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Old 07-06-2009, 06:52 PM   #46
chrism01
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Registered: Aug 2004
Location: Sydney
Distribution: Centos 6.8, Centos 5.10
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For shutdown:

shutdown -h now

rewboot:

shutdown -r now


h = halt, r = reboot

Haven't read through all the posts, but the RHEL manual is here:http://www.linuxtopia.org/online_boo...ion/index.html
Actually pretty well written. Some bits are described via the GUI, but most has the text version or it shows you that as well.
Incidentally, if you had put the gui on, you'd just open up some virtual xterms to get the cli anyway.
Similar to logging in via MSWin+Putty.

Also, these might be useful:
http://rute.2038bug.com/index.html.gz good general Linux tutorial, RH oriented. covers some stuff the RHEL manual won't.
http://linux.oneandoneis2.org/LNW.htm - short MS/Linux comparison; points out common issues mentally when trying to make the switch.

Last edited by chrism01; 07-06-2009 at 06:55 PM.
 
Old 07-06-2009, 08:11 PM   #47
rsciw
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Registered: Jan 2009
Location: Essex (UK)
Distribution: Home: Debian/Ubuntu, Work: Ubuntu
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if it hasn't come up yet.
to get a user to have sudo rights, you need to be logged in as root and run

visudo
either uncomment the line out with the group 'wheel'
or add your user below the line where root is included
copy the line and replace root with your username,
though adding the user to the group wheel is probably better.

save and exit
(standard install I think uses vim for visudo.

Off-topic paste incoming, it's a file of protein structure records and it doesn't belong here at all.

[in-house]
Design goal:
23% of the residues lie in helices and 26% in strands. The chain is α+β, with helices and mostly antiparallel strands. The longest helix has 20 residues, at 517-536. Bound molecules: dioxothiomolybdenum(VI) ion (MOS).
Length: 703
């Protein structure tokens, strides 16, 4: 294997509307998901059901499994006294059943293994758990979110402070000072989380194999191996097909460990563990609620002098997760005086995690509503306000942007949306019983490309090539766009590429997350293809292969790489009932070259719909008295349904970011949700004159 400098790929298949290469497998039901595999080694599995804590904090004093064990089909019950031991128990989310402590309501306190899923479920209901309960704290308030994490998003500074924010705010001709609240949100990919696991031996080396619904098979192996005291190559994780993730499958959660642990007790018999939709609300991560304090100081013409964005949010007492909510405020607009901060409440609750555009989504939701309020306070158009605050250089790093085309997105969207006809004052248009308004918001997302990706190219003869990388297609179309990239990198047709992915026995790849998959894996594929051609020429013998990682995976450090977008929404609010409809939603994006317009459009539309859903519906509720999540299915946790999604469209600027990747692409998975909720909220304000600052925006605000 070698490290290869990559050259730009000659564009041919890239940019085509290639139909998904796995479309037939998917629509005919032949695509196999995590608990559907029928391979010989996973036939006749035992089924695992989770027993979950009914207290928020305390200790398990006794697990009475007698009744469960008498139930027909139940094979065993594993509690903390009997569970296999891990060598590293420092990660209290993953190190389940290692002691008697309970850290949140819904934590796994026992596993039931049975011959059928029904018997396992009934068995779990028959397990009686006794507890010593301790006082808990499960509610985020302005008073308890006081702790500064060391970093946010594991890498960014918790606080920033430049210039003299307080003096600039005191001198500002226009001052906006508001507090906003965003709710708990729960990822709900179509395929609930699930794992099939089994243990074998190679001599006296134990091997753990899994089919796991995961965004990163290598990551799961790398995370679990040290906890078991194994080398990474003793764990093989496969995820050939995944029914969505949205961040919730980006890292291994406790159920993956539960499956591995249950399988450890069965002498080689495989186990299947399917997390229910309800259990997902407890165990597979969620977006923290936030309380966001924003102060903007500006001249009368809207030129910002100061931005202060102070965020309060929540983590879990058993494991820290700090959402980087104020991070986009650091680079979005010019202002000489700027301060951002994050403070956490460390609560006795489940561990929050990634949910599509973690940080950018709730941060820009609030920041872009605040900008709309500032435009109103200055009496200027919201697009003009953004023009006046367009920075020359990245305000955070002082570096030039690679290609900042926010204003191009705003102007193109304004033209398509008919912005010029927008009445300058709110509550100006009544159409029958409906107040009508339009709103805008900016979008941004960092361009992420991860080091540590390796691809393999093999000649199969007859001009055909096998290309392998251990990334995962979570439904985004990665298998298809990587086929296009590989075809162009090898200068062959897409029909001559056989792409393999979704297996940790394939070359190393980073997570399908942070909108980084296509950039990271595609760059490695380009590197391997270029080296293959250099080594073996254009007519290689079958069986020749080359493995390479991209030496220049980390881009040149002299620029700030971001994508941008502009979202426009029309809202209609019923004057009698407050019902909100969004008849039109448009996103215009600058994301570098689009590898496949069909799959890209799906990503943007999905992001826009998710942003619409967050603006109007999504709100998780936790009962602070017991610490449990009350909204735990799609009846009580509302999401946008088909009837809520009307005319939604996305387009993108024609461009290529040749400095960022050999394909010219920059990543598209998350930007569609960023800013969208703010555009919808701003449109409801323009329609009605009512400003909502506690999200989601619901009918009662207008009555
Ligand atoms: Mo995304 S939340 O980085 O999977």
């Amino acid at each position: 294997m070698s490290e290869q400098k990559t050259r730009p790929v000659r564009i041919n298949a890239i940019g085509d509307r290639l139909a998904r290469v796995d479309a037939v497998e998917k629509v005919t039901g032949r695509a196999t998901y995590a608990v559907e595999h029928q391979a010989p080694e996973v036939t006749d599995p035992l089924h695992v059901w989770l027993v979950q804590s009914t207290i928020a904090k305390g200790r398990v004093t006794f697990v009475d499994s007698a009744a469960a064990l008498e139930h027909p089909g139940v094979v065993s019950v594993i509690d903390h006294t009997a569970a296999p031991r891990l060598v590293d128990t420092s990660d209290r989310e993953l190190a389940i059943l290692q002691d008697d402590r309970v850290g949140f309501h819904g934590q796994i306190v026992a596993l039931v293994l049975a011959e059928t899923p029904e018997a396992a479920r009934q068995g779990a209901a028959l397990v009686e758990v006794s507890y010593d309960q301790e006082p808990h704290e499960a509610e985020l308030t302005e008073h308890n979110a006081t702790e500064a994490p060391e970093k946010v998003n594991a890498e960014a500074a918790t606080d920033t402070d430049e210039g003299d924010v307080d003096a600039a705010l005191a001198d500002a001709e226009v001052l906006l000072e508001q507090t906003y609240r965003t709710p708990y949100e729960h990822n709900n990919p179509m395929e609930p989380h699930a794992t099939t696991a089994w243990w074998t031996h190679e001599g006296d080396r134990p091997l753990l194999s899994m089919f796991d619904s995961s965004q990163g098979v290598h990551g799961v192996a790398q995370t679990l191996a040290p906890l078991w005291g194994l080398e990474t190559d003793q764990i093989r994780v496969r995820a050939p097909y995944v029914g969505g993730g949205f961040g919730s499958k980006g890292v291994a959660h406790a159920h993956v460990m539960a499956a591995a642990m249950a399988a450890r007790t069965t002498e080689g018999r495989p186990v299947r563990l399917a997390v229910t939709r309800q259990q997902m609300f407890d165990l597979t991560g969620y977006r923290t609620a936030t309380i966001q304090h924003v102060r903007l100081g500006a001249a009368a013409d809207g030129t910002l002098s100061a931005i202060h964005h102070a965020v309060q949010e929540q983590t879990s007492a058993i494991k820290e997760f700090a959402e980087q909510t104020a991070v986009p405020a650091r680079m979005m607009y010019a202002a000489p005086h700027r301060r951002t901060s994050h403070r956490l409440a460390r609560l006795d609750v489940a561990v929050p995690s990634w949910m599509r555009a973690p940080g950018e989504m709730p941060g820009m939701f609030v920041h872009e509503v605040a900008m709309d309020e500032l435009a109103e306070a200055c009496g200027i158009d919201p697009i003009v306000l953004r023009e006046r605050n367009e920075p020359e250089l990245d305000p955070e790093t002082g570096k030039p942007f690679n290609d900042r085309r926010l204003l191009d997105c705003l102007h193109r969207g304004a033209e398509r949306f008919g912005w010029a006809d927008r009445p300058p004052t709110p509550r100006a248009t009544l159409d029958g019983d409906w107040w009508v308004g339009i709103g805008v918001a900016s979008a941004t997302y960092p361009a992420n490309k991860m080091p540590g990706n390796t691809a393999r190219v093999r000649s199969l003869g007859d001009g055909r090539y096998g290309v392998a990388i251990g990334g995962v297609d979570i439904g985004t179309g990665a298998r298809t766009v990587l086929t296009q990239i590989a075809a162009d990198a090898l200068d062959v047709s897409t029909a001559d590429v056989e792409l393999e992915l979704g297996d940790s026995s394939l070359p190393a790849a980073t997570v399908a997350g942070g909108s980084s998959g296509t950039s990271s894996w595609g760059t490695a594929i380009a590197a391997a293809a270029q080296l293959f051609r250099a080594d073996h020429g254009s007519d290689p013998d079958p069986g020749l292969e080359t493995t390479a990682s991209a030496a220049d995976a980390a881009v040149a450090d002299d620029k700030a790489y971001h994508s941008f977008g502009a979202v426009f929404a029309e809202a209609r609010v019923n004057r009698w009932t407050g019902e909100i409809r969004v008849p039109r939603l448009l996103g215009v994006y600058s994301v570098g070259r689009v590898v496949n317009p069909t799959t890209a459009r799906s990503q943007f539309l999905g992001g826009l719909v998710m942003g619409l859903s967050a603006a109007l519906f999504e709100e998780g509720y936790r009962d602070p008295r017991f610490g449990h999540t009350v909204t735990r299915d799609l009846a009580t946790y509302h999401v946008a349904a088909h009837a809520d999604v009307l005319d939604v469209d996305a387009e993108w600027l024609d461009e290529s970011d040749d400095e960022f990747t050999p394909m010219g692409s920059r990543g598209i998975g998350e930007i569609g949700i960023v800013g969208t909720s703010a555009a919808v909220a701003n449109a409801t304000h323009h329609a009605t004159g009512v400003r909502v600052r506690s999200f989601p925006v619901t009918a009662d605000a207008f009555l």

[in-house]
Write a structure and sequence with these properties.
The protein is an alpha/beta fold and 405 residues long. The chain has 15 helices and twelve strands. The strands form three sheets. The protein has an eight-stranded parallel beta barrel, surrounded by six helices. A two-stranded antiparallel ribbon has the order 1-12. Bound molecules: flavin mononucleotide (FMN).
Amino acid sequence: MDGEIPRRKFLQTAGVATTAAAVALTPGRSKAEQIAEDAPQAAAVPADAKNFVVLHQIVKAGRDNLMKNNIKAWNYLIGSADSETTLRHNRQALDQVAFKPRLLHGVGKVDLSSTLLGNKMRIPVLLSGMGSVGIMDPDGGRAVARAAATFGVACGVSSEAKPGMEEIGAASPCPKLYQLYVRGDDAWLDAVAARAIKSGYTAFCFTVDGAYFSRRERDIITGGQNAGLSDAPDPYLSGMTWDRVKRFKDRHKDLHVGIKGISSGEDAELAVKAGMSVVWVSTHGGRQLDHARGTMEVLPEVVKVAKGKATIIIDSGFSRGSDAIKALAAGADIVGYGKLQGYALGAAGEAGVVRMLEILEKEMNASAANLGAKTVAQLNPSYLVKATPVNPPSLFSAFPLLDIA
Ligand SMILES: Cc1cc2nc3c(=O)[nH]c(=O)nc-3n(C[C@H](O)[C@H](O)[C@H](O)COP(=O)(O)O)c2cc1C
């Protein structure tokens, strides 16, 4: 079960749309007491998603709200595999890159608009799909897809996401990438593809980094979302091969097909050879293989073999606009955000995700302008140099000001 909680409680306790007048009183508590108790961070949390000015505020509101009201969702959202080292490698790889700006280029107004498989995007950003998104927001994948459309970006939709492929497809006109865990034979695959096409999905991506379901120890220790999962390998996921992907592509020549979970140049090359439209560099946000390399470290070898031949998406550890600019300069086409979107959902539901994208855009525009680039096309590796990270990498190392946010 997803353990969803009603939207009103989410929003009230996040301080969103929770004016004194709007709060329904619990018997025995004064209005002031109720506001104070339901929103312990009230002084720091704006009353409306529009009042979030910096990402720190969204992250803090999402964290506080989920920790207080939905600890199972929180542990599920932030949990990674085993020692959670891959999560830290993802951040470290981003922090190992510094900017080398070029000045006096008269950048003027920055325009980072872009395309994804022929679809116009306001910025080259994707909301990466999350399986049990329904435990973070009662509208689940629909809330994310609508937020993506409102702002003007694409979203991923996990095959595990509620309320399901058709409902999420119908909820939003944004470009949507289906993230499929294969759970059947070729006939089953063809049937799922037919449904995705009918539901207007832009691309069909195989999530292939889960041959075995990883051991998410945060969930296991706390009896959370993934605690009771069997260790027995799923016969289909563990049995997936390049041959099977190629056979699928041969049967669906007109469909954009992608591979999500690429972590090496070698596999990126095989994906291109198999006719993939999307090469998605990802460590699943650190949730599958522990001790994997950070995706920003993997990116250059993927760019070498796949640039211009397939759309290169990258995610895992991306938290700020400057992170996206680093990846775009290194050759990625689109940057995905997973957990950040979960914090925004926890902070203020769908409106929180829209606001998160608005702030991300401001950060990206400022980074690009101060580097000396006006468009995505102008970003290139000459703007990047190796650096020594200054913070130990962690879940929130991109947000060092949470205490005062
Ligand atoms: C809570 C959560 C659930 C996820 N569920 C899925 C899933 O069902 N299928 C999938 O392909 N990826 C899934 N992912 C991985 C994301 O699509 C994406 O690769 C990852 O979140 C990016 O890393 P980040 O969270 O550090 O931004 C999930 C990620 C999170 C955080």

--> http://www.tuxfiles.org/linuxhelp/vimcheat.html )

hit "insert" or "i" to get into edit mode, edit stuff, then hit "esc", then
:wq
to write and quite
then log onto your user and run a command for which su is needed with
sudo <command>
first time sudo, accept what's written there,
enter your password (not root's pw) and hit enter

also the standard install of centos has a crappy way of displaying bash paths imo,
[user@hostname currentdirectory]
this can be edited in your local .bashrc file
/home/youruser/.bashrc
(check around for couple pages online, not sure which one to recommend)
I personally prefer to have debian's style of bash display

user@hostname:directory/subdirectory/subsub/...$
so I know where I actually am

also helpful is to edit your PATH in the .bashrc file.
by default not much is set up, so you often end up with typing
/sbin/<command> or /bin/<command>
whereas I prefer to just type the command (such as shutdown, ifconfig, etc.)
have a look at the .bashrc for the PATH and add those too, maybe as well, if not included already
/usr/bin
/usr/sbin
 
Old 07-07-2009, 11:18 AM   #48
rjo98
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Registered: Jun 2009
Location: US
Distribution: RHEL, CentOS
Posts: 1,668

Original Poster
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thanks guys. no, that part hadn't come up yet rsciw.
 
Old 07-08-2009, 08:48 AM   #49
dickgregory
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Registered: Oct 2002
Location: Houston
Distribution: Arch, PCLinuxOS, Mint
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There are 2 mistakes a lot of people make when coming from Windows into Linux:

1: Thinking that Linux is like Windows
2: Thinking that Linux is not like Windows

In other words there are may differences and many similarities. The similarities can make a person unconsciously think they are working in the familiar environment, and then the differences get very confusing. Here is an online book that helped me a great deal in sorting this out.

http://www.michaelhorowitz.com/Linux.vs.Windows.html


The author has tried to create an unbiased comparison between the two, and has avoided OS-bashing and fan-boy stuff.

Good luck
 
Old 07-08-2009, 09:20 AM   #50
rjo98
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Registered: Jun 2009
Location: US
Distribution: RHEL, CentOS
Posts: 1,668

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thanks dickgregory, i'll check it out.
 
  


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